England set a new national record of 15 successive victories with their narrow 19-16 triumph over France at Twickenham to open their Six Nations title defence, but the Australian is concerned there is a mental block over the fixture which awaits them this weekend.
He was taken aback to discover that Wales have a 60 per cent success record in home games against England and raised the issue with the squad in the dressing room afterwards.
“I can’t work out why the record of England in Wales is so poor. I’m sure they have had good teams down the years but they are a country of three million people,” said Jones.
Eddie Jones doesn't know why England have a poor record in Wales
Wales have a 60 per cent success record in home games against England
“Psychologically you have got to get it right when you are playing Wales in Wales. There seems to be some sort of thing there – no one can tell me why the English are petrified of playing Wales in Wales.
“I will talk to a few blokes to figure out what the problem is and why the record is so horrendous, because it is horrendous.
“How could you not want to play rugby there? It is one of the greatest rugby countries in the world so to play Wales in Cardiff with that sort of atmosphere is one of the great delights of rugby.
Six Nations 2017: 10 weird and wonderful highlights from past tournaments
Fri, February 3, 2017
Click through the gallery for some of the most bizarre moments in Six Nations history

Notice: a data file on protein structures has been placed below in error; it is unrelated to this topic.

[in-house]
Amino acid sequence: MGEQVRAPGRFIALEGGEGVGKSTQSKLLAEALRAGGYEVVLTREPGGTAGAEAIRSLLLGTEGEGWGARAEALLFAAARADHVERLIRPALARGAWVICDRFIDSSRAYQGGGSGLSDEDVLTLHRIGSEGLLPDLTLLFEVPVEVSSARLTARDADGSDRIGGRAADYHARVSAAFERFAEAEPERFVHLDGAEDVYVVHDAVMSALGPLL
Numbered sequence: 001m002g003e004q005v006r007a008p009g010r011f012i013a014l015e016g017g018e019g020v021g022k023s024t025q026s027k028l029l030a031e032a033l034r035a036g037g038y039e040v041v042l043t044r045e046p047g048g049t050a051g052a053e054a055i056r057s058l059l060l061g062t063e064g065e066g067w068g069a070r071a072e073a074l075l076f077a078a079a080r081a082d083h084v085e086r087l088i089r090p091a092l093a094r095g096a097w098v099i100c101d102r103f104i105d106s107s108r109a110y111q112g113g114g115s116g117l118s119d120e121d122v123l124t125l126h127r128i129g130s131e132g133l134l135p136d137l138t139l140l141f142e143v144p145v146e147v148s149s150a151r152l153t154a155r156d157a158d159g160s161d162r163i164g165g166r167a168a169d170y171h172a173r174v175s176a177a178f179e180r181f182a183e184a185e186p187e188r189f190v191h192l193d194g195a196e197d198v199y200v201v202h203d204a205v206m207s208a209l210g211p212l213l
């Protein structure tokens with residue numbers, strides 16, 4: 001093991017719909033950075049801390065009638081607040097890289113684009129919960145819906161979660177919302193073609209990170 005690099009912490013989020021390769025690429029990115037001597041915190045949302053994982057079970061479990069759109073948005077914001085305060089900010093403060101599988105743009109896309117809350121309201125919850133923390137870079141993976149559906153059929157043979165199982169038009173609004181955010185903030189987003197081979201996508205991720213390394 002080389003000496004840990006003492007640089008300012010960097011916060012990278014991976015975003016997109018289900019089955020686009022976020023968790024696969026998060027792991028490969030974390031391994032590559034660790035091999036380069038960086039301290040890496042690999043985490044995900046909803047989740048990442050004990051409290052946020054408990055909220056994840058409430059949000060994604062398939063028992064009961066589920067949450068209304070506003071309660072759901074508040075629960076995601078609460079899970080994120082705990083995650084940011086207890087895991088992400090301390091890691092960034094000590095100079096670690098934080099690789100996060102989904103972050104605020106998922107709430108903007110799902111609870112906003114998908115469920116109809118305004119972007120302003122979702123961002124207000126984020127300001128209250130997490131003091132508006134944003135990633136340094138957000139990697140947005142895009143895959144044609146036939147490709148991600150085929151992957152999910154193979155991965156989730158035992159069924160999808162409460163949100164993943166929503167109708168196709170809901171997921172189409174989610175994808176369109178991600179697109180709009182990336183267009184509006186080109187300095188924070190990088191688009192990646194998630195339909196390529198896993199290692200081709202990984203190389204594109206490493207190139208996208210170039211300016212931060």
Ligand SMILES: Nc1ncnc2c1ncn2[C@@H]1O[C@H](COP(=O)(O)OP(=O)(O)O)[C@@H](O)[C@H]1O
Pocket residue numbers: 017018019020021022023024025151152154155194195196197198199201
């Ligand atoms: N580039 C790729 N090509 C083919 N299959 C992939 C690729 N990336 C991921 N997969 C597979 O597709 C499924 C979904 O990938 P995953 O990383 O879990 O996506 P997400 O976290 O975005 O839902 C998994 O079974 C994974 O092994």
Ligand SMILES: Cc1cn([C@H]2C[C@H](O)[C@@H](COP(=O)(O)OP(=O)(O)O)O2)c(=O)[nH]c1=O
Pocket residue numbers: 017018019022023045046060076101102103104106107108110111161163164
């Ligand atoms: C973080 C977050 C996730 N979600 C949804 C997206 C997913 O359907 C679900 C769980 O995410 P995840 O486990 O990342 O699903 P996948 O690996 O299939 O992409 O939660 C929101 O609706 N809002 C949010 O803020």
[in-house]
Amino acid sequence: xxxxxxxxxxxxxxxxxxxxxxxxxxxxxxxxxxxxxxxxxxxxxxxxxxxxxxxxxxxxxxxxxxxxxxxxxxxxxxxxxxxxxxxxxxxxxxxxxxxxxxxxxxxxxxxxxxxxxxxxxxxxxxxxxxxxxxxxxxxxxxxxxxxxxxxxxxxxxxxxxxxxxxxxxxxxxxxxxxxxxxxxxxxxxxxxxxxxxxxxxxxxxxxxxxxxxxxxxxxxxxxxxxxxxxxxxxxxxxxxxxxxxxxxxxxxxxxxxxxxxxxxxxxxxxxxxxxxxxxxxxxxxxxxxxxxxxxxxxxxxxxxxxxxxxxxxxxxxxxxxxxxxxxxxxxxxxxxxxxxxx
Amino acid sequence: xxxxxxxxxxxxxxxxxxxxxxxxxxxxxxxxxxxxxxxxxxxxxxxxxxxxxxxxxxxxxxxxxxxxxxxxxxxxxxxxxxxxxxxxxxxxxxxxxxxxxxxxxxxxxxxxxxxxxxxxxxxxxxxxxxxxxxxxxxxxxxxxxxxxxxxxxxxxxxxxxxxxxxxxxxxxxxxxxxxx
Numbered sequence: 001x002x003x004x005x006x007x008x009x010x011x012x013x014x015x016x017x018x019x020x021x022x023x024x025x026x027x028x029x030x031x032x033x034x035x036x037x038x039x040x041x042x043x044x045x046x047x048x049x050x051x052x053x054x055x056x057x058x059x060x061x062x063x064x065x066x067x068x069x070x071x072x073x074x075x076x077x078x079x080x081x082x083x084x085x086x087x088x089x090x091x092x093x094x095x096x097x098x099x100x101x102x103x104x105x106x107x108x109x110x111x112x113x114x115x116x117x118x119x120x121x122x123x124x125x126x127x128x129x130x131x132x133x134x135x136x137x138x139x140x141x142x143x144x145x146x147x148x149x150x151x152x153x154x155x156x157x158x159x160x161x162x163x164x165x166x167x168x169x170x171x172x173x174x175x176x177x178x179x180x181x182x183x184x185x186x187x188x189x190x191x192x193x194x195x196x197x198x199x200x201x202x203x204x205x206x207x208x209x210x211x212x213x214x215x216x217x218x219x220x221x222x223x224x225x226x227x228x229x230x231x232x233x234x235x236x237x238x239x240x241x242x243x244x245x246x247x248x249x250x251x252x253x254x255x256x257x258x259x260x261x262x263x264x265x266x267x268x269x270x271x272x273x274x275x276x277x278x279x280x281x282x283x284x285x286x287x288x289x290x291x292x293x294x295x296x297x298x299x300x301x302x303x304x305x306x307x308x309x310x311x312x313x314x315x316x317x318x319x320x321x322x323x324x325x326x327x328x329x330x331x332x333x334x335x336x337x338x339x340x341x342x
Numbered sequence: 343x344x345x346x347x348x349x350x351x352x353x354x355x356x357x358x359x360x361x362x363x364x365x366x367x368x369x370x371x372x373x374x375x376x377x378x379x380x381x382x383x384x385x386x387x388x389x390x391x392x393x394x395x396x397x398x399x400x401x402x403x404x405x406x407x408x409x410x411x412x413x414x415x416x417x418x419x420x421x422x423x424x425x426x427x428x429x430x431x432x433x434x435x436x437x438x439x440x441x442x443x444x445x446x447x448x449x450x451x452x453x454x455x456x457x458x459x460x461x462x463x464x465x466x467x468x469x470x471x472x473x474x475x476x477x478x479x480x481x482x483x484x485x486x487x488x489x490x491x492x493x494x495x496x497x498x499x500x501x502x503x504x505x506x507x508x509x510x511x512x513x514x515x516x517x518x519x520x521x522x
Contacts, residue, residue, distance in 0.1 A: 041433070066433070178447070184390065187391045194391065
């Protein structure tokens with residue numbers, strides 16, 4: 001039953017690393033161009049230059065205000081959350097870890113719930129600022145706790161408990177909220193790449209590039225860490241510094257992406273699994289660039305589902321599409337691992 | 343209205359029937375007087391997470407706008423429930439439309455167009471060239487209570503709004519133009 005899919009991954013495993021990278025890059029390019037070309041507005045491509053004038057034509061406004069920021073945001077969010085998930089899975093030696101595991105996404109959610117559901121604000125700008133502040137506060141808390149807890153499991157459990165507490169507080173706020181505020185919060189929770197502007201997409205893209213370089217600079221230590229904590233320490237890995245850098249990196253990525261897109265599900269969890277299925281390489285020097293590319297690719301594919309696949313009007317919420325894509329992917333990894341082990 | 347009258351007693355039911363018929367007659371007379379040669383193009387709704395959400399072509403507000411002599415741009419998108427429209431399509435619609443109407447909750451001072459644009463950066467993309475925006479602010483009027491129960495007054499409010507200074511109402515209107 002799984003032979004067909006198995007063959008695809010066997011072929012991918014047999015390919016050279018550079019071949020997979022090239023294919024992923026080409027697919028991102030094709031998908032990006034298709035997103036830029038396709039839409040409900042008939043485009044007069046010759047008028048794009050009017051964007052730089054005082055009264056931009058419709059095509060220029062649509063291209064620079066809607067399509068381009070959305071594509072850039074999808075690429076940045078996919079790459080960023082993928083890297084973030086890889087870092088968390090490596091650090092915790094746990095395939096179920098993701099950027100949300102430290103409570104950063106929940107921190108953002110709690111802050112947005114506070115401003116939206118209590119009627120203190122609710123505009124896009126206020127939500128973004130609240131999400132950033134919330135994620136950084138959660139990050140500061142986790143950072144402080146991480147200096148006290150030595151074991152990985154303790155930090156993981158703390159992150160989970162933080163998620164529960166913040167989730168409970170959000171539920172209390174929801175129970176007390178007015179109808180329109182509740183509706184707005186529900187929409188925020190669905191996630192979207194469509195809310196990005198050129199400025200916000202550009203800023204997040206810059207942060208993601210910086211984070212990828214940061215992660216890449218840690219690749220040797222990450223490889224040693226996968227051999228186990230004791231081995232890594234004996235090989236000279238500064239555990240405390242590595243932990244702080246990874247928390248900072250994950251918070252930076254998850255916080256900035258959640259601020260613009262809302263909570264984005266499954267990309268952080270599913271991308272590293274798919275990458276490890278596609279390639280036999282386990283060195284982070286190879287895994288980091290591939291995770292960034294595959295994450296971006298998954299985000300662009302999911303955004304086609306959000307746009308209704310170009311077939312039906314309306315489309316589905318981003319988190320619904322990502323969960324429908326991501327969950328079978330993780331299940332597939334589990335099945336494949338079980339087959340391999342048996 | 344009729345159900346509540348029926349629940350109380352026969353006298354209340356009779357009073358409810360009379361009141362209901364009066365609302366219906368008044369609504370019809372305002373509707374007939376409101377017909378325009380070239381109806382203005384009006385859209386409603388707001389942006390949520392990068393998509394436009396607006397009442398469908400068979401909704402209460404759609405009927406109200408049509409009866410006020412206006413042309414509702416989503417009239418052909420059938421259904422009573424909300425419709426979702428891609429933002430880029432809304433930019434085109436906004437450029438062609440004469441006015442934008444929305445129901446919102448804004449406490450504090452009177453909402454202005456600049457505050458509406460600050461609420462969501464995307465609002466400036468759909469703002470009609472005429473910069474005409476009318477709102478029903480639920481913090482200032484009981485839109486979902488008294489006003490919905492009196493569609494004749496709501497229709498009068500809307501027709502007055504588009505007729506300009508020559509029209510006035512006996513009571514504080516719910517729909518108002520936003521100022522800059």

1 of 11
Get Quotes on Home Insurance
Click through the gallery for the most bizarre moments in Six Nations history
England got their Six Nations defence off to a winning start against France
“Obviously it has been difficult for the English to cope with it so we need to find a way where they see it as being delightful.”
The Principality Stadium does have a unique atmosphere, particularly with the roof closed. Jones, as visiting coach, has a veto over the issue.
“I don’t care. They can have fireworks going off, it doesn’t matter. It’s the same for both teams. The louder and more rowdy it is, the better it is. That is what Test rugby is about and that is the fun part of it. We’ll toss a coin and see what happens,” he said.
Jones is open to the idea of training to a soundtrack of Welsh arias this week to prepare his players. It was a trick employed by his predecessor Stuart Lancaster ahead of England’s last visit to Cardiff two years ago when Wales were beaten on home soil.
“I don’t think I have got any on my iPhone. I will have to go to the iTunes shop and try to get some,” said Jones.